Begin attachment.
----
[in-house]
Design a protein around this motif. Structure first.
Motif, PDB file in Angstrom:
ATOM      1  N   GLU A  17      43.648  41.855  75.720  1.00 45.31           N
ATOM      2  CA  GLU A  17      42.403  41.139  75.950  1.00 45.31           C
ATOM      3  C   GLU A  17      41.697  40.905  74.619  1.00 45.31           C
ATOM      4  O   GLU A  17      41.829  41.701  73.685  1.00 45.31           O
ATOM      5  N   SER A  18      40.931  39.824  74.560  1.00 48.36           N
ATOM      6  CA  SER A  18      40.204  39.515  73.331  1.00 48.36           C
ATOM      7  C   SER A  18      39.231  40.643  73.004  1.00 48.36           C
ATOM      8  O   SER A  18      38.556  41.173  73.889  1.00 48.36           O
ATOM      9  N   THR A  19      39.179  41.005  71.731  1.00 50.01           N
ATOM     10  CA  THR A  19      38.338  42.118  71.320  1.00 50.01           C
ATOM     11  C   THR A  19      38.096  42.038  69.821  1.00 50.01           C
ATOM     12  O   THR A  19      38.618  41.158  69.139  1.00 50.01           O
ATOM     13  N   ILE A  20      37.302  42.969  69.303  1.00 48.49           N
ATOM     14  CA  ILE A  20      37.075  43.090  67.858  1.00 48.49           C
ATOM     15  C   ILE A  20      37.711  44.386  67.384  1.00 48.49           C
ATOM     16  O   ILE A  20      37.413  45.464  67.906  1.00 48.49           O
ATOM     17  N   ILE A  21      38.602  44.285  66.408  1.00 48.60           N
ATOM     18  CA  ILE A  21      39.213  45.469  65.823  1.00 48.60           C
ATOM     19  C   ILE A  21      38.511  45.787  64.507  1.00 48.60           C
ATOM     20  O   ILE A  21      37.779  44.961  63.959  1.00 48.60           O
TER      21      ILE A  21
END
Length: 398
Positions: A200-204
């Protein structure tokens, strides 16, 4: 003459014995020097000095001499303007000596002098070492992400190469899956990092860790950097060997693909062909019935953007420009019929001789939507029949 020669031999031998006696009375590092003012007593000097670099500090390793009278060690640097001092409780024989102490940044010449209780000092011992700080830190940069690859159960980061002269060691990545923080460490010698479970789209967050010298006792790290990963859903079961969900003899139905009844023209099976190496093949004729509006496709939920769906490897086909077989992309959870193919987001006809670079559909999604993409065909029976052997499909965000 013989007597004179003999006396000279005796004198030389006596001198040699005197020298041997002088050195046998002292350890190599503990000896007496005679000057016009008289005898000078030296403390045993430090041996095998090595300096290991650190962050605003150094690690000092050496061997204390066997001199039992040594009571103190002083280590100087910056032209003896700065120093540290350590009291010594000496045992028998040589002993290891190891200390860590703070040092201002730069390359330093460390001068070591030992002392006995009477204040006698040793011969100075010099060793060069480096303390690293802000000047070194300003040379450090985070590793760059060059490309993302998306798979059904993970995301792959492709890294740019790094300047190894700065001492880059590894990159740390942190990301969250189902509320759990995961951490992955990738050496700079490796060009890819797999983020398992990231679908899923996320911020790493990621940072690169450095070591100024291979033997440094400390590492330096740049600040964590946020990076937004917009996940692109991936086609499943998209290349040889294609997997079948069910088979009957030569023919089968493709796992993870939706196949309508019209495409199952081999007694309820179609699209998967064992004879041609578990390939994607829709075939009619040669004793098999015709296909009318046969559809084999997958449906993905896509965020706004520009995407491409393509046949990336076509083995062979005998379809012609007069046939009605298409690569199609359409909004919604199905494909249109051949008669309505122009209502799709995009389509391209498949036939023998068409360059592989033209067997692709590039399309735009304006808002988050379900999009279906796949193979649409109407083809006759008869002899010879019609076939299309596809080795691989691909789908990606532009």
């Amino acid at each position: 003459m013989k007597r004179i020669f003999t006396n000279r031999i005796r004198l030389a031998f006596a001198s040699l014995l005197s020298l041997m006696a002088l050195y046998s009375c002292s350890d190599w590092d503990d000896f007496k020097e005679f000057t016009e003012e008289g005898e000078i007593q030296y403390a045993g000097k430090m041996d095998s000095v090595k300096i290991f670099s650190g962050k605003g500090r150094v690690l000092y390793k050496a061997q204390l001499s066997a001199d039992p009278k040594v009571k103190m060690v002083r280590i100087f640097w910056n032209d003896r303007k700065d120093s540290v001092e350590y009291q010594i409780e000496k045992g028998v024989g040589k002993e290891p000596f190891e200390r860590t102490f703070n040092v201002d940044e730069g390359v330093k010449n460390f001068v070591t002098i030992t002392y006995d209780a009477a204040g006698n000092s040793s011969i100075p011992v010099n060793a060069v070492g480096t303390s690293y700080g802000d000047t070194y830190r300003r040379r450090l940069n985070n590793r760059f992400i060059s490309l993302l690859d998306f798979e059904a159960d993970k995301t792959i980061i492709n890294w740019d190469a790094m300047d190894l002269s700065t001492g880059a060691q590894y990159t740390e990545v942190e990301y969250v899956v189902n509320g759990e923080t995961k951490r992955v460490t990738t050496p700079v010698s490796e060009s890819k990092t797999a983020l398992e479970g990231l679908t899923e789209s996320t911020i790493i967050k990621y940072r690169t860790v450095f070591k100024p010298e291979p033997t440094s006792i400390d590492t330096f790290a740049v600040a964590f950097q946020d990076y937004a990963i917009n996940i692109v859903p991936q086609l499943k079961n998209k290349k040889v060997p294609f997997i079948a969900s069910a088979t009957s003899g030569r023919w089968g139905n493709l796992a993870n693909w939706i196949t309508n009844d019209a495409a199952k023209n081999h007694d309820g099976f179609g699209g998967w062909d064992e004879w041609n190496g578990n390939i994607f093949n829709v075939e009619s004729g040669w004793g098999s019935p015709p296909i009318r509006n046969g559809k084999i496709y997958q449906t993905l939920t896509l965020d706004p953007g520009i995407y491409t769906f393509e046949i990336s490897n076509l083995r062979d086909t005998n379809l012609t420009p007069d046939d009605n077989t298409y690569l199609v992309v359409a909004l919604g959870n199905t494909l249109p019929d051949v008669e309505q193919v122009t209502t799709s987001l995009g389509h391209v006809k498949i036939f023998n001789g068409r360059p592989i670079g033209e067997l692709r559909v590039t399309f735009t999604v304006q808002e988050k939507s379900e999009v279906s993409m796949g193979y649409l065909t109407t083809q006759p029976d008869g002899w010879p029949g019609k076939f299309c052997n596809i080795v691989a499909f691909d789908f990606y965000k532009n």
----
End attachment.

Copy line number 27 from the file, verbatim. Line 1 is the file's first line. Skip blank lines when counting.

Positions: A200-204